In 2007, Disney Channel released “Phineas and Ferb,” a cartoon created by Dan Povenmire and Jeff “Swampy” Marsh. The series follows the adventures of two brothers and their friends as their pet platypus secretly thwarts the schemes of a mad scientist. The show was a phenomenal success, going on to produce four seasons, a 2011 movie, as well as achieve critical acclaim through its reviews, nominations and awards.
With the show’s previous success, the announcement of the 2020 movie “Phineaes and Ferb The Movie: Candace Against The Universe,” exclusively on the streaming service Disney+, was sure to stir excitement. For the most part, it was an absolute riot that brought attention to the glory days of the franchise with its clever jokes, catchy musical numbers and bombastic ideas.
Candace’s spotlight is a welcome one.
Unlike the previous movie, the story focuses on their sister Candace as she struggles to find validation from her peers over her brothers Phineas and Ferb, believing that the universe is against her. Shortly after, she finds herself and her friend Vanessa abducted by an alien pod and taken to another world. With the help of mad scientist, Dr. Doofenshmirtz, and secret agent Perry the platypus, the brothers and friends travel to outer space in pursuit of the aliens and in rescue of Candace and Vanessa.
Candace’s character has been viewed as being at war with her brothers, as she always tries to “bust” Phineas and Ferb for their outlandish inventions. However, instead of focusing on Candace’s complicated and strenuous relationship with her brothers, the writers opted for a more in-depth look at Candace’s own self-validation from not only her peers, but herself.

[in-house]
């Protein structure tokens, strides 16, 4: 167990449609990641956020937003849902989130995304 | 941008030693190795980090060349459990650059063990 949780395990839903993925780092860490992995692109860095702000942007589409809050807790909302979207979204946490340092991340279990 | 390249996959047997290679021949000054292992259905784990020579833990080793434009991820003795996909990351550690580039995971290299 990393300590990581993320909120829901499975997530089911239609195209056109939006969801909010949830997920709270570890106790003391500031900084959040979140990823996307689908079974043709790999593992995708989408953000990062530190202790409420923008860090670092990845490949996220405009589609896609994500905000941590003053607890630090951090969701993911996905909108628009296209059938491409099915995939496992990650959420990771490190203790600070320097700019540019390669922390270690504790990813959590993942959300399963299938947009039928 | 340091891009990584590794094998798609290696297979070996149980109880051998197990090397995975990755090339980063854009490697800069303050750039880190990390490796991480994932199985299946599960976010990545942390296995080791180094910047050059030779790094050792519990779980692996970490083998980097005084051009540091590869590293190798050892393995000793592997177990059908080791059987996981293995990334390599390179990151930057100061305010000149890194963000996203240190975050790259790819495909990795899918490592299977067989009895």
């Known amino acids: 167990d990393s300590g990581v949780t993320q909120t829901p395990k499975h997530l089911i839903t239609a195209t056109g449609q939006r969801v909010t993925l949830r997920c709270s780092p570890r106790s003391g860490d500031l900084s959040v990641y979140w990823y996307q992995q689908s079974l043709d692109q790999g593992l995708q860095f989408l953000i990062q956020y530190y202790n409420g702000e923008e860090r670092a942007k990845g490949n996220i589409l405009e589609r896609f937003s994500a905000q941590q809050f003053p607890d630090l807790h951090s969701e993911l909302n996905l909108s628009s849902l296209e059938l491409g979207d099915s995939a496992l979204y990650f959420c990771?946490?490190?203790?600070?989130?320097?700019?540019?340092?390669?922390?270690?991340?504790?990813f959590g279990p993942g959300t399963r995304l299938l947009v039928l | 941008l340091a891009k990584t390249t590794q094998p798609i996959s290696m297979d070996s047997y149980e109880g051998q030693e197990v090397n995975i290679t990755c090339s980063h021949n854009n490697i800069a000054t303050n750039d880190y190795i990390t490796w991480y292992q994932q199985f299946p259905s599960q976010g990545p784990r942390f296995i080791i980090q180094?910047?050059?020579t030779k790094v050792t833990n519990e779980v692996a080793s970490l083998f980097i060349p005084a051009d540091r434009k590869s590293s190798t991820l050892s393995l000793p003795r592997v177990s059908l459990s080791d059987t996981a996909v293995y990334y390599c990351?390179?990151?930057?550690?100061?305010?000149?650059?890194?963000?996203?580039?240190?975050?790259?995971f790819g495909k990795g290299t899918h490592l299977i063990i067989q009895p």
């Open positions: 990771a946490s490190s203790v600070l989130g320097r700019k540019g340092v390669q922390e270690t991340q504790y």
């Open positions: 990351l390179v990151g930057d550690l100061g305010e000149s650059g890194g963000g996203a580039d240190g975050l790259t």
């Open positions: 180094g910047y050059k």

Candace laments initially at her shortcomings, but upon meeting another character with a similar toxic mindset, she grows to understand her place within the world. Episodes in the main series often depicted Candace as a heartless sister who lived to expose her brothers’ fun, so to see this level of emotional complexity within a two dimensional character was everything a 10-year-old me would have wanted to see.
Phineas and Ferb has always been such a quotable show, similar to how Spongebob references are now a commonplace. The film’s writing has that same effect, as some jokes tend to stick with you. Running gags are prevalent, though not used to the extent as they were frequently featured in the show.
One aspect of comedy that was utilized in the film were moments when the characters broke the fourth wall. Breaking the fourth wall is when characters within a medium are aware of their fictitious nature, leading to moments when they mess with their environment in a way that only the people creating the medium may do.
One particular gag involved the cartoon devolving into a rough storyboarding animation scene, showing creators Povenmire and Marsh in the storyboard room playing along with the joke before going back into the movie. This had never been done before in the franchise, but it made me laugh hysterically.
In addition to its writing, the songs in the film are phenomenal. Such delicacy and effort were put into the lyrics, tracks and vocals. Viewers could tell that everyone involved in the musical aspect of the film was genuinely having a good time. Musical numbers ranged from good to absolutely catchy, with “Adulting” being my personal favorite song.
“Phineas and Ferb: Candace Against The Universe” was a triumphant return to the roots of a beloved franchise. The style of humor has not faltered from the last time I viewed the show. Songs are still as catchy and addictive as ever and the animation is reminiscent of the show, which makes you feel like you’re watching an extended episode of the series. It all works well together to the point where veteran fans and newcomers feel the same emotions when they watch it.